-1 ( +2 / -3 )

What is the matter with the German customs officers? Have they not learnt from the first incidence? And this second incidence happened to a German born Japanese; German father and Japanese mother and thus has an Asian look. Anne Sophie Mutter is a famous German violinist carrying an equally, if not more, expensive and world renowned violin too. How come she does not get stopped by the German custom officers? Is it because she is truly Gerrman and that she is 100% Caucasian? For the sake of all the people in Germany, these nincompoop customs officers need to be disciplined, or better yet, replaced.

1 ( +2 / -1 )

Well this isn't the first time in history that German officials went around confiscating prized possessions from folks...

1 ( +2 / -1 )

“Even in Ms Horigome’s case, she doesn’t know exactly what (the German customs) needed to release the instrument,” Narabayashi said.

They need about $1.5 million.

1 ( +1 / -0 )

How ridiculous is this to split hairs. Its just a freakin fiddle anyway!

0 ( +0 / -0 )

Ridiculous period.

2 ( +2 / -0 )

Ahsir:

" Anne Sophie Mutter is a famous German violinist carrying an equally, if not more, expensive and world renowned violin too. How come she does not get stopped by the German custom officers? "

Because she carries proof of owership and proof that the instrument has been properly imported? Sorry for pointing out the obvious...

3 ( +3 / -0 )

Yes, because twenty something award winning and well to do violin players always try and hoc their priceless violins, when they reach Japan to go on tour and visit family, lol. I mean even though the she followed all procedures, which is a good thing, I think is still sad, because it proves that their customs services lack common sense above all things

2 ( +2 / -0 )

How do you prove ownership?

For valuable antiques, there are some official catalogs that keep up to date data about who owns what, and in certain cases, they say one of their accredited experts must see the object to confirm (particularly in Japan where roughly 1/3 of what is in private collection is false). If you trust the custom to do the checking, they will... and that will take 6 months. You have to ask your country's authorities to issue you some document for each time you pass a boarder. Most people make their art collection cross borders only when they move. I can understand that's lots of paperwork for your music instrument, but well, if you make the choice to use museum ware and to tour the world with it, hire an assistant with a legal background to do the formalities for you.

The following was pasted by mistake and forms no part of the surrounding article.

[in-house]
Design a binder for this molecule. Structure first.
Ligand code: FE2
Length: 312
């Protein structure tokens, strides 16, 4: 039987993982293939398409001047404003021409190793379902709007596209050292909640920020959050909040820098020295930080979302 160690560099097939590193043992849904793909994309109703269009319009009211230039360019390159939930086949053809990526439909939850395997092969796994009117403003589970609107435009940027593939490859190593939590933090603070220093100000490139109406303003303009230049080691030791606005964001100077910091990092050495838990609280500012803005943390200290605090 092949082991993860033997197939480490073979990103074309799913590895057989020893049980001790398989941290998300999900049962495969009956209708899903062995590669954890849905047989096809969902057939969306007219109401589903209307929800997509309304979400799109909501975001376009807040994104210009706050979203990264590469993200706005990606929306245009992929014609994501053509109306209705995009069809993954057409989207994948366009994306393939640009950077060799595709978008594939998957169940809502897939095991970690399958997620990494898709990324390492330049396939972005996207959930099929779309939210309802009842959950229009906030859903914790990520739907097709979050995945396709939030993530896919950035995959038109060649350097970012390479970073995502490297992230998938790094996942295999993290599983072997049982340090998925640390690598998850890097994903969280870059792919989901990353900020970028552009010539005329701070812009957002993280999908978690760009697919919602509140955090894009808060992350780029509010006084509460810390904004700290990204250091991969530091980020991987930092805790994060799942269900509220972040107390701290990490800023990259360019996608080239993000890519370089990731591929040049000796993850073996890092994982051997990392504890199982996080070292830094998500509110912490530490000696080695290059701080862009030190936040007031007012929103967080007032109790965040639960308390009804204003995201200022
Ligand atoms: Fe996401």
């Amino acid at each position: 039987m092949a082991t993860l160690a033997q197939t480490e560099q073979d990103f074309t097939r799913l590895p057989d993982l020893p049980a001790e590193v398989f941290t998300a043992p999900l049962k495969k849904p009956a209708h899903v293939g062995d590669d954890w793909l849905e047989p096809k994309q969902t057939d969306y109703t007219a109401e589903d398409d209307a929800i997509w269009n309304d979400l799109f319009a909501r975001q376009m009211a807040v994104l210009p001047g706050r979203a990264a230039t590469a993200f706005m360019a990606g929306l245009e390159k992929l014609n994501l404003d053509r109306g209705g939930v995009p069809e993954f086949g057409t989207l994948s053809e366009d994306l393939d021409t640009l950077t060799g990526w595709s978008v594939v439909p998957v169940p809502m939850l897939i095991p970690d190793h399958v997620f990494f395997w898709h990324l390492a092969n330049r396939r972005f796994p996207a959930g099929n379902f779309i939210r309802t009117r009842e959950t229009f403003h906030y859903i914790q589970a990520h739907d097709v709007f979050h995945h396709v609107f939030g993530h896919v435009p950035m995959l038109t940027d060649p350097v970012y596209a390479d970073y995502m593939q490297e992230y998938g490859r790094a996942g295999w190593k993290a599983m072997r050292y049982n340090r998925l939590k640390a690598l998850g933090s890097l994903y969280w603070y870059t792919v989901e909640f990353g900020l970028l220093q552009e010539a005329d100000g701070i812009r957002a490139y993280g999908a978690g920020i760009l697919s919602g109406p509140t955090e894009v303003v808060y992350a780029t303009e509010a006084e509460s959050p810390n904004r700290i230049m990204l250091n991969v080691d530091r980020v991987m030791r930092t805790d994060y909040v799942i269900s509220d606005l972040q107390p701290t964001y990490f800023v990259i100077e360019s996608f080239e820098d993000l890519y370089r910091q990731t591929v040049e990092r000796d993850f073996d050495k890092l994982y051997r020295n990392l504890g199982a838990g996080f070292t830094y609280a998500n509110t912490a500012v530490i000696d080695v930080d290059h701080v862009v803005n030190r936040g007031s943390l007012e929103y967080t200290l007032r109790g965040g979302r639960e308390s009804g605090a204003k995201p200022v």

showed her loan contract with the foundation, proof of insurance on the instrument, the violin’s photograph, and proof that the foundation had legally imported the instrument to Japan.

And what about the authorization for that specific trip ? It's negligence from her. Frankly does anybody here travel with a suitcase filled 1 million dollar in bank notes and a note signed by their brother-in-law stating they inherited the money last week ?

Carry the necessary documents and you have no problem.

You can still have problems... custom logic is not always your logic -some events can cause sudden changes of policy, and some individuals... ahem. Even inside E.U., or inside any country, there is not one truck that passes through like that, and each load of merchandise has to gets its documents. That there are no duties, doesn't mean there is no accounting, no reporting, nor anything. For art and antiques, it's not free circulation at all. An acquaintance is a museum curator, he organizes international exchange exhibitions like 24 times a year (both ways, they lend and borrow). It's a full time job for his team. He explained me he would never ever take the plane with artwork as luggage. You just don't show up like that with a letter signed by museum director. The normal custom staff cannot tell a real antique from a false, they can't even know the full list of artwork that are not allowed to leave each country, so they want it checked in advance and they also make additional experts come on the day you arrive if it's necessary. Each time, weeks or months (depending on value of objects) before his trip, he contacts the customs and both embassies, provides all documents and the objects don't leave his museum before he receives the green light and the customs gives him an appointment. Well if that guy, if he lost any museum valuable, he'd get his career terminated. A diva musician, oh they just cancel concerts and cry...

-2 ( +1 / -3 )

There must be more to this than meets the eye, because on the face of it, Frankfurt customs officers just look stupid.

Has there been a recent case I wonder of a Japanese person (possibly even Yakuza) selling a violin in Germany for a vast profit? Now something like that might explain increased vigilance.

To repeat myself, what exactly is proof of ownership? Having a sales receipt with my name on it? What if I bought it and got a receipt but later sold it to someone else and wish to sell it for them? I could use the original receipt, no? A signed declaration by a notary that I never intend to sell it? (People do eventually hope to sell things, especially an investment.) A series of insurance papers proving constant what?

Could they not take a bond off her, redeemable when she next leaves the country with the violin? Or would she have to prove it is the same violin? It all gets very messy...

1 ( +1 / -0 )

europe is gettting more shameful by the day , these people stop at nothing to get hold of cash to pay their governmental bills, this is blatant, but the bit where they chase away all business is even worse for the natives here, too primitive to see what's really going on. shame

0 ( +3 / -3 )

International extortion.

1 ( +2 / -1 )

33jw67:

" So, they are confiscating musical interments and forcing high duties on Japanese musicians in order to appease what, (when, where, why, how)???? "

Where do you get the "Japanese musician" from? The article says that, while she has a Japanese mother, she is German and resides in Germany. The violin, however, belongs to a Japanese organization, and of course the customs formalities have to be cleared when she brings such an expensive antique to Germany.

I expect the same applies in Japan. .